Al Hemairi says among the number of challenges facing up-and-coming Emirati filmmakers, is a lack of a supportive infrastructure.
"So far, if you have a passion for filmmaking, you have to see it through yourself," he says. "It is very hard to find support. We need film festivals again, somewhere we can meet peers and other cinema professionals."
Sarmad is available to watch on OSN Streaming.
The titular character in this short film is a talented young actor who wants to pursue a career in New York, but faces her mother's demands for her to marry and settle down. As she makes up her mind to go, her father's sudden death throws her back into that dilemma.
The film's writer and director, Mohammed Al Hammadi, says the idea came to him while he was editing another project, a sci-fi movie called The Remaining Time. "One of the editors began critiquing the actors in the production," Al Hammadi says.
"She was using very specific acting terms, which showed how well informed she was with the craft. Turns out, she didn't want to be an editor as much as she wanted to act. But her family didn't approve."
Immediately after the conversation, Al Hammadi began writing the film's script and started shooting it after attaining funding from the Sharjah Film Platform. "There were a number of challenges with the shoot. Our producer dropped out a week before we were scheduled to shoot, so I had to scramble to find equipment. Thankfully we managed, but even if we hadn't gotten our hands on a camera, I would have shot it on my iPhone."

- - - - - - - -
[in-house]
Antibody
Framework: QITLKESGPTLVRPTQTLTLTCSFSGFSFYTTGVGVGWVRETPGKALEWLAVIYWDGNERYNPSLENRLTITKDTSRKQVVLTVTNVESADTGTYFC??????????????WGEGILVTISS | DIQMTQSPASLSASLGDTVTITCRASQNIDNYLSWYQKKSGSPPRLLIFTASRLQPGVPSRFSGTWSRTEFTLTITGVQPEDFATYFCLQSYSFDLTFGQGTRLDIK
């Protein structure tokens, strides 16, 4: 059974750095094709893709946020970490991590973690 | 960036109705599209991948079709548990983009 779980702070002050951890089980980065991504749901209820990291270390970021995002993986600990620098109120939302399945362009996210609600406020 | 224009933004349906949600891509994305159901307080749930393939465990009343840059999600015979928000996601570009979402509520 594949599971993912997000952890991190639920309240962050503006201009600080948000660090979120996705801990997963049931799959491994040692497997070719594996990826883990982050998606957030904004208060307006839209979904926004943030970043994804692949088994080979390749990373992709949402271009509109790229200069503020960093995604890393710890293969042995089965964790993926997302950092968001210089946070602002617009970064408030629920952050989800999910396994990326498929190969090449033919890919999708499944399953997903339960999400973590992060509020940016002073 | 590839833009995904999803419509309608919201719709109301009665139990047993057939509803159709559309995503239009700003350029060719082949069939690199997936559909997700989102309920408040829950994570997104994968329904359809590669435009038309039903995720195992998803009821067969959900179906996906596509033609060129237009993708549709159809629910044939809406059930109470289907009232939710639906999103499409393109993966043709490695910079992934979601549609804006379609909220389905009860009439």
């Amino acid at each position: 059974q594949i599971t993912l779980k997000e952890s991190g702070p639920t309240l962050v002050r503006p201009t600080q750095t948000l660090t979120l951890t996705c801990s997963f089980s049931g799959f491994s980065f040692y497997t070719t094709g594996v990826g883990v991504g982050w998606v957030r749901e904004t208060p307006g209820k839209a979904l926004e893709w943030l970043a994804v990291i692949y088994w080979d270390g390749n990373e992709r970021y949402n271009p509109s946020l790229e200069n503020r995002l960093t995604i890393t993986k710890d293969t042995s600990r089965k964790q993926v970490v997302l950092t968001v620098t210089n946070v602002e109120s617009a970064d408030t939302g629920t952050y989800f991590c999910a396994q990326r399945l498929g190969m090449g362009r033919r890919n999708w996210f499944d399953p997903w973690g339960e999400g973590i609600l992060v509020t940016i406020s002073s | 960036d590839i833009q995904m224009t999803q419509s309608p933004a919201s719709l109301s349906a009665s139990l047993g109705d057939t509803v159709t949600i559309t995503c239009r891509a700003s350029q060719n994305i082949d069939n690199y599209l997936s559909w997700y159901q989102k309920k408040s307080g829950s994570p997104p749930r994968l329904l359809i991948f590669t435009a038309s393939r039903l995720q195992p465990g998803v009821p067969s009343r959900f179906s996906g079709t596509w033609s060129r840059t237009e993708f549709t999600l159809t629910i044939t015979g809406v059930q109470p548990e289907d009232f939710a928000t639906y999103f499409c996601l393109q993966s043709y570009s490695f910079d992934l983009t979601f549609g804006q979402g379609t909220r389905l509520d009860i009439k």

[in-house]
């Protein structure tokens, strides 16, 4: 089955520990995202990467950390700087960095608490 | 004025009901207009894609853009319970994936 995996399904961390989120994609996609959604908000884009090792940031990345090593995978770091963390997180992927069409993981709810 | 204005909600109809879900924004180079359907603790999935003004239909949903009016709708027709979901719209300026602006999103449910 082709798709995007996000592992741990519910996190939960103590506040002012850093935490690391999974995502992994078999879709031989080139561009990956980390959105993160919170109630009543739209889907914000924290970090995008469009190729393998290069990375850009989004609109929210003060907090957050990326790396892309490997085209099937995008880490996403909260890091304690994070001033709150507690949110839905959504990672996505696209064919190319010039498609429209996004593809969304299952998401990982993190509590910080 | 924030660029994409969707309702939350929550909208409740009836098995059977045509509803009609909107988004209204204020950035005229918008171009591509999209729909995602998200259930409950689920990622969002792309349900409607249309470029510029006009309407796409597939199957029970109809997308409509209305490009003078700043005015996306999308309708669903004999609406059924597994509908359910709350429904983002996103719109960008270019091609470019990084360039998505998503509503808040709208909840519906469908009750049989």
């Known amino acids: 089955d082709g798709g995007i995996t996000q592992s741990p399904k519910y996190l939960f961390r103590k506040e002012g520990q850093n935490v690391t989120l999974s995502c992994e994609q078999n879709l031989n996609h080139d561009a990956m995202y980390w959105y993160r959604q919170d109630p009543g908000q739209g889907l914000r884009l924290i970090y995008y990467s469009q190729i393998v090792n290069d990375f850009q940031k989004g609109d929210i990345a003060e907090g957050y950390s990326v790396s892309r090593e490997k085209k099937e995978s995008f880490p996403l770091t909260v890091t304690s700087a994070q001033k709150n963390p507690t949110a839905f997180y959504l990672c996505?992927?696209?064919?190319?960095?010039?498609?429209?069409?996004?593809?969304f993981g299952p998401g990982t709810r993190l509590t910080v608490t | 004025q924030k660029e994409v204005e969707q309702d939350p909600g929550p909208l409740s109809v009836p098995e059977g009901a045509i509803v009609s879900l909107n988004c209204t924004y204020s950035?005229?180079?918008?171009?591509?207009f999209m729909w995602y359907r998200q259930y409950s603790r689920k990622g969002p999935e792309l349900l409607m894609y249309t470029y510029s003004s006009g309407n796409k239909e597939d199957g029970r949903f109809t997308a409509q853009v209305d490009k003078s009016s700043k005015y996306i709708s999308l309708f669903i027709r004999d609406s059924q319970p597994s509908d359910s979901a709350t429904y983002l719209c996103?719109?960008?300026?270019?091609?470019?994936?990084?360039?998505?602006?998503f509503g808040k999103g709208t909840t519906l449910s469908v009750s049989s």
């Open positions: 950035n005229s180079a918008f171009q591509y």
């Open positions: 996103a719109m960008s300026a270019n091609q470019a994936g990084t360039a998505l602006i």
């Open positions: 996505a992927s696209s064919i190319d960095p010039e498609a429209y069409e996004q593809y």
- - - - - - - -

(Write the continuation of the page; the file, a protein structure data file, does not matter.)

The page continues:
The film, which premiered at the Sharjah Film Platform in 2018, is available on Vimeo. Al Hammadi's sci-fi short The Remaining Time is worth checking out, too, and is available to watch on OSN Streaming.
A delicately crafted horror film that leaves just the right amount open to interpretation, Hana Kazim's Makr tells the story of a fake imam who visits the home of a man who thinks his wife is possessed by a jinn. The imam seeks to con the couple, only to find out that things are not as they seem.
The 15-minute film touches upon a number of themes from wavering faith to parenthood. It was co-written by Kazim and her brother, Faris, and it won the June Award at the Short to the Point International Film Festival last year, and the Best International Film Award at the Short and Sweet Film Festival this year.
Kazim was the first Emirati student to graduate from the prestigious American Film Institute Conservatory in Los Angeles with a master's degree in film production. Makr is available on YouTube.